The association of combat exposure and injuries with behavioral health problems among enlisted female Army members returning from Iraq or Afghanistan
© Adams et al; licensee BioMed Central Ltd. 2015
Published: 20 February 2015
The association between combat exposure and injuries with postdeployment behavioral health problems has been well studied, yet few studies examine separately the exposures and problems reported by females. This study explores the postdeployment self-report of combat exposure and injury and the postdeployment behavioral health screening results of Army women.
Materials and methods
Using longitudinal data from The Substance Use and Psychological Injury Combat Study, we selected a sample of enlisted female Army members returning from Afghanistan or Iraq in FY2008–2011, who completed a health questionnaire within 60 days of their deployment end date (N = 42397; 6.6% of cohort). Combat score was constructed as an ordinal variable (0–3) based on four items: being wounded, injured, assaulted, or hurt; encountering dead bodies/seeing people killed; firing a weapon; and being in danger of being killed. Multivariate logistic regression models examined how combat score, demographic, and deployment characteristics predicted posttraumatic stress disorder (PTSD), depression, and at-risk drinking. Models were stratified by component: Active Duty (AD) and National Guard/Reserves (NG/Rs).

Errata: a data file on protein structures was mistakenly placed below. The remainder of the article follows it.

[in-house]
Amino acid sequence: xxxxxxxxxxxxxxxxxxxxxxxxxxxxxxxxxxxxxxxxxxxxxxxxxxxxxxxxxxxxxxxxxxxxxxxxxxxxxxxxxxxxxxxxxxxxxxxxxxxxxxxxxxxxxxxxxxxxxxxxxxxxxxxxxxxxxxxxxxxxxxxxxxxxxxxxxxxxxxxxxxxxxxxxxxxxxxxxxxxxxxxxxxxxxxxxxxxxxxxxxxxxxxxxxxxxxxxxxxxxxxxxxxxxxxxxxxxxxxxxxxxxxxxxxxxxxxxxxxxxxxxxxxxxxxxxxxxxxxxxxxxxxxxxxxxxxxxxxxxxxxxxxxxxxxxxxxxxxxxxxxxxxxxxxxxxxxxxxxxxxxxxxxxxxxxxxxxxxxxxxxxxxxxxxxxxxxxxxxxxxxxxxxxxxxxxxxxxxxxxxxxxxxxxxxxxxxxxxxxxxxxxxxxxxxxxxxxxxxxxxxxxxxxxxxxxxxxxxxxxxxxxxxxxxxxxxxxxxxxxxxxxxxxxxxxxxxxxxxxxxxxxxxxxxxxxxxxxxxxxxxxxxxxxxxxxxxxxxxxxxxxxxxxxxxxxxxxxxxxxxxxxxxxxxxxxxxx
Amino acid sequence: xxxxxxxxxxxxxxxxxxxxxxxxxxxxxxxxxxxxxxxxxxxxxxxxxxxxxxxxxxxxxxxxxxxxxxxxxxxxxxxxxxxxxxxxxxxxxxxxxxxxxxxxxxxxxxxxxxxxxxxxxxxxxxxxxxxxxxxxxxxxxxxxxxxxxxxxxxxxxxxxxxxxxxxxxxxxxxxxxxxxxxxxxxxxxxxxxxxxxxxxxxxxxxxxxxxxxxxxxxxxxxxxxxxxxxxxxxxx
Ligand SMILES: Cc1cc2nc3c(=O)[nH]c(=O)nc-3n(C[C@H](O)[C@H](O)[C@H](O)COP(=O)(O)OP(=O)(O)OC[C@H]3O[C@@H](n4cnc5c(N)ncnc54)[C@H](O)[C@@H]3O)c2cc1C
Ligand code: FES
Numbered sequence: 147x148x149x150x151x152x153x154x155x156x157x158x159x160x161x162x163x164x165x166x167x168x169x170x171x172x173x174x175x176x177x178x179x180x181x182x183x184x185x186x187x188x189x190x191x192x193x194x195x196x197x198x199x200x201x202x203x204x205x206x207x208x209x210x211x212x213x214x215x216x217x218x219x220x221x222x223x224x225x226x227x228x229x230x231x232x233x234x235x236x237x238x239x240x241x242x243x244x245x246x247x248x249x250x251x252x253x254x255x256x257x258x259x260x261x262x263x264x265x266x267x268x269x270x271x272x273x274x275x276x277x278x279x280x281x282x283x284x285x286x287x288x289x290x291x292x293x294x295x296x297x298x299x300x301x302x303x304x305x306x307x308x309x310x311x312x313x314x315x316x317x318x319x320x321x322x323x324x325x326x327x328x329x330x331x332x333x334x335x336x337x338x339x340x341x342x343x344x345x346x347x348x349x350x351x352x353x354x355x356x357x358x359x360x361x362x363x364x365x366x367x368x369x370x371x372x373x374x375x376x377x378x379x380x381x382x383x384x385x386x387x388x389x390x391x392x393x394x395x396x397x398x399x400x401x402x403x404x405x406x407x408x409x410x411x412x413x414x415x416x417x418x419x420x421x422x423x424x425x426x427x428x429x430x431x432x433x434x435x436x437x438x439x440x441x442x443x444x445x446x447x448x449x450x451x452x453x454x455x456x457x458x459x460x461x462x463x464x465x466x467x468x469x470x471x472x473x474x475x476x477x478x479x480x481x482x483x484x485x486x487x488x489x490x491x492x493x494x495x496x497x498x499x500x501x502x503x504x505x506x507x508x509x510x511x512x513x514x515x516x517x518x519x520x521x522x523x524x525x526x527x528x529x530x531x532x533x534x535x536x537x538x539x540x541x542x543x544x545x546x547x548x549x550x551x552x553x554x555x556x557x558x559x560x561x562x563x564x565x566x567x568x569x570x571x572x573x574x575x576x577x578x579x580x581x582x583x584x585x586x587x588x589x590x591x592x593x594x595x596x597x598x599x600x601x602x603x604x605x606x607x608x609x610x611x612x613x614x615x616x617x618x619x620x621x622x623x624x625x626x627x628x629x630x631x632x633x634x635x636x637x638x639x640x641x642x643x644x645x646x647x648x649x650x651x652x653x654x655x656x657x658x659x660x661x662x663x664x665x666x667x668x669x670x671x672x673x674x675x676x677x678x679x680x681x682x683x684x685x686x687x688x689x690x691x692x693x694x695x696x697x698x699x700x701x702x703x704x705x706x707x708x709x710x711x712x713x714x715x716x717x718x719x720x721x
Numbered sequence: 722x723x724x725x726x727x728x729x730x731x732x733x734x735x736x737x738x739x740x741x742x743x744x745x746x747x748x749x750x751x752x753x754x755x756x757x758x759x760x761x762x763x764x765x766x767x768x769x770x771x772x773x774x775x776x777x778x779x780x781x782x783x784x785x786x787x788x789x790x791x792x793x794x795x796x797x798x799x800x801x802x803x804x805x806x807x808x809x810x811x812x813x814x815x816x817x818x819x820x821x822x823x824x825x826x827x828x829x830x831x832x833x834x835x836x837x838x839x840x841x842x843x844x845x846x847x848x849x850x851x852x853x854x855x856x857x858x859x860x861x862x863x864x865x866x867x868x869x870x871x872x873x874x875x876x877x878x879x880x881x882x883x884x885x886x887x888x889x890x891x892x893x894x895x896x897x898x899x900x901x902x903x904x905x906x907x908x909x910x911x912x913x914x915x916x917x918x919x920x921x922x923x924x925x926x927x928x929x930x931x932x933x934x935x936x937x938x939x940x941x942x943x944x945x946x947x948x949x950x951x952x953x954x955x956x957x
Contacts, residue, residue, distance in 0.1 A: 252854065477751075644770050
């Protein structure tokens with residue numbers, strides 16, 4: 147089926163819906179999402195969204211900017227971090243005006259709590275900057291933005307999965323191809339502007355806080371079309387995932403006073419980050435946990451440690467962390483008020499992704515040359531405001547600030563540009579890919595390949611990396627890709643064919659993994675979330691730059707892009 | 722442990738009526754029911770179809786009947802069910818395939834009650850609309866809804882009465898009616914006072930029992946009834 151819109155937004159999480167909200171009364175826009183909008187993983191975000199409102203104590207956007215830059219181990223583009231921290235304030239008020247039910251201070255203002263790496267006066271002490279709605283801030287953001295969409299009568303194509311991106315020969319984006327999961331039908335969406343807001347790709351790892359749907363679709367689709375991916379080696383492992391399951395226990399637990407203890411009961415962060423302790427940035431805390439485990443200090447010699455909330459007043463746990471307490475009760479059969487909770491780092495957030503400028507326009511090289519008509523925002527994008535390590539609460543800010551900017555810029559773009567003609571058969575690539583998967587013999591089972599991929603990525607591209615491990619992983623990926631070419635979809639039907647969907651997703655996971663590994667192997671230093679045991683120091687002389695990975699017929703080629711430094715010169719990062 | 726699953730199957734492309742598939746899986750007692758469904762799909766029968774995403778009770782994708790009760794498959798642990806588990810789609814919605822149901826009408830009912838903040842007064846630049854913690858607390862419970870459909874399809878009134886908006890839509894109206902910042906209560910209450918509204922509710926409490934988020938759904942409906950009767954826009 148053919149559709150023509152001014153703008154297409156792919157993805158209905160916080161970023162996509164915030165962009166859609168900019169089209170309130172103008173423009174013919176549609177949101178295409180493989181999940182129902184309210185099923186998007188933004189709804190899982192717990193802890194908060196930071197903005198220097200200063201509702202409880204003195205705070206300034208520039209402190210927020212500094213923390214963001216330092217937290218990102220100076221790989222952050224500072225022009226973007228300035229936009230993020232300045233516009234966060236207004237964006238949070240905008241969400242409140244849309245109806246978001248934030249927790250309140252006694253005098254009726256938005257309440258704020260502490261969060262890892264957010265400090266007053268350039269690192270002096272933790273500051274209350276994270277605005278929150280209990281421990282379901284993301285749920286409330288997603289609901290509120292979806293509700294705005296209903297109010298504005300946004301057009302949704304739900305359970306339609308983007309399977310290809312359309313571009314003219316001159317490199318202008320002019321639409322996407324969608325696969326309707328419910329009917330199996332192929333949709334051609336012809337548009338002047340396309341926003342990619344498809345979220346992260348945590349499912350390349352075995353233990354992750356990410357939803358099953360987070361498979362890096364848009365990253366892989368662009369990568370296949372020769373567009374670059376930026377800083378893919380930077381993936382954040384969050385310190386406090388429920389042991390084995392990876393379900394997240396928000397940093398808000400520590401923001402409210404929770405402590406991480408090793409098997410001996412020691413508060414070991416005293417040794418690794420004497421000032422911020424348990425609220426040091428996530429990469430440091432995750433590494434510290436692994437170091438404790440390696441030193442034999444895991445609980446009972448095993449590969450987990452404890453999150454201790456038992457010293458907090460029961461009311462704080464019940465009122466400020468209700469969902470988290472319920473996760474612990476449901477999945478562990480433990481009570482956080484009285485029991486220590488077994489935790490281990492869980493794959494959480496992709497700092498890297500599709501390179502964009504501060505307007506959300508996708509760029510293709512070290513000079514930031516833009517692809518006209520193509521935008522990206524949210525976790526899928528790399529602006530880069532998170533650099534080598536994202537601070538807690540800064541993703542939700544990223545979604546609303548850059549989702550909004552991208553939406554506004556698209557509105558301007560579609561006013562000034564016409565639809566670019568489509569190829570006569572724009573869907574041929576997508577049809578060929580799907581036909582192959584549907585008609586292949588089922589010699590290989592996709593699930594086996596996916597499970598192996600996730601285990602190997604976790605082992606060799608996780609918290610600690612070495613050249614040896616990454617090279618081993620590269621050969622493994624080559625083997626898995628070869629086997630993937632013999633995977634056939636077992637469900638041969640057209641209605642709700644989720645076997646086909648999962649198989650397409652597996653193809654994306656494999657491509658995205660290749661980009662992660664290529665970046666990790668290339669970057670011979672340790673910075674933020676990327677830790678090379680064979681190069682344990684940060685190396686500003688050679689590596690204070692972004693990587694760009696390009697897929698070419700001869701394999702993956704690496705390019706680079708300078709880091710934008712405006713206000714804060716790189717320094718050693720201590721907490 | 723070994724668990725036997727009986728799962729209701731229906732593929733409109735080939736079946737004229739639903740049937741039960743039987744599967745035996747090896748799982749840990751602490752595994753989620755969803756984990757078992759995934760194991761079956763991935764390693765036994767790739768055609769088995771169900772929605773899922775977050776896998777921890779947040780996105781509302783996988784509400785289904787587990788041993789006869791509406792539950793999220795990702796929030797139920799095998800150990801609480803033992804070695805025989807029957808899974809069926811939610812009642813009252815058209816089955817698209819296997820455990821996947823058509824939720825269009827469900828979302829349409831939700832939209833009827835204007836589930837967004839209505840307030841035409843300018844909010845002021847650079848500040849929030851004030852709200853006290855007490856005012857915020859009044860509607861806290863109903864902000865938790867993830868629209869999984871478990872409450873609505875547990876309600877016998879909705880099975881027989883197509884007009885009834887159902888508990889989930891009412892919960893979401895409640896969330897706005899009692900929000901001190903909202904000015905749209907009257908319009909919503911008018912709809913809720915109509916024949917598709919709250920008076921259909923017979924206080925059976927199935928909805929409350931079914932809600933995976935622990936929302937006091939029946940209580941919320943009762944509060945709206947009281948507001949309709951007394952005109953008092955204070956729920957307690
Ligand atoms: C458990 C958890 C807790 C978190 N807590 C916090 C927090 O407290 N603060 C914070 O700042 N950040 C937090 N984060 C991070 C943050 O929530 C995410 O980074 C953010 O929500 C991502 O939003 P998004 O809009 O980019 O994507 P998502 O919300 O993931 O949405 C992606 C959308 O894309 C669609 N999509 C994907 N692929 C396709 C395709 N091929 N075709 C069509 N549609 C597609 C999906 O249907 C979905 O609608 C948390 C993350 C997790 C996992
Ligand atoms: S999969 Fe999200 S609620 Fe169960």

A substantial number of females reported being injured, wounded, assaulted, or hurt (17% of AD and 29% of NG/Rs). Over 14 percent reported encountering dead bodies/seeing people killed, 1 percent fired a weapon, and 19 percent were in danger of being killed. Approximately 12 percent had a combat score of 2+. In all models, female members with combat exposure had increased odds of behavioral problems. There was a dose-response relationship, such that as combat score increased, the odds of each behavioral problem increased. The risk was most striking for PTSD. Among AD females, those with a combat score of 1 had 4.4 times the odds of having PTSD compared to those with a combat score of 0 (95% confidence interval: 3.82–4.98). The odds increased to 20.6 for those with a combat score of 3. Results were similar for NG/R women.
Combat injury while deployed may be greater than expected among enlisted female Army members, particularly among NG/Rs. Even those with a score of 1 on a four-item combat scale had a significant increase in odds of PTSD. A high proportion of females who deploy to combat zones may benefit from early intervention to promote postdeployment health and reduce long-term behavioral health problems.
This study was funded by the National Institute on Drug Abuse (R01DA030150). The opinions or assertions herein are the authors and do not necessarily reflect the view of the Department of Defense or National Institutes of Health.
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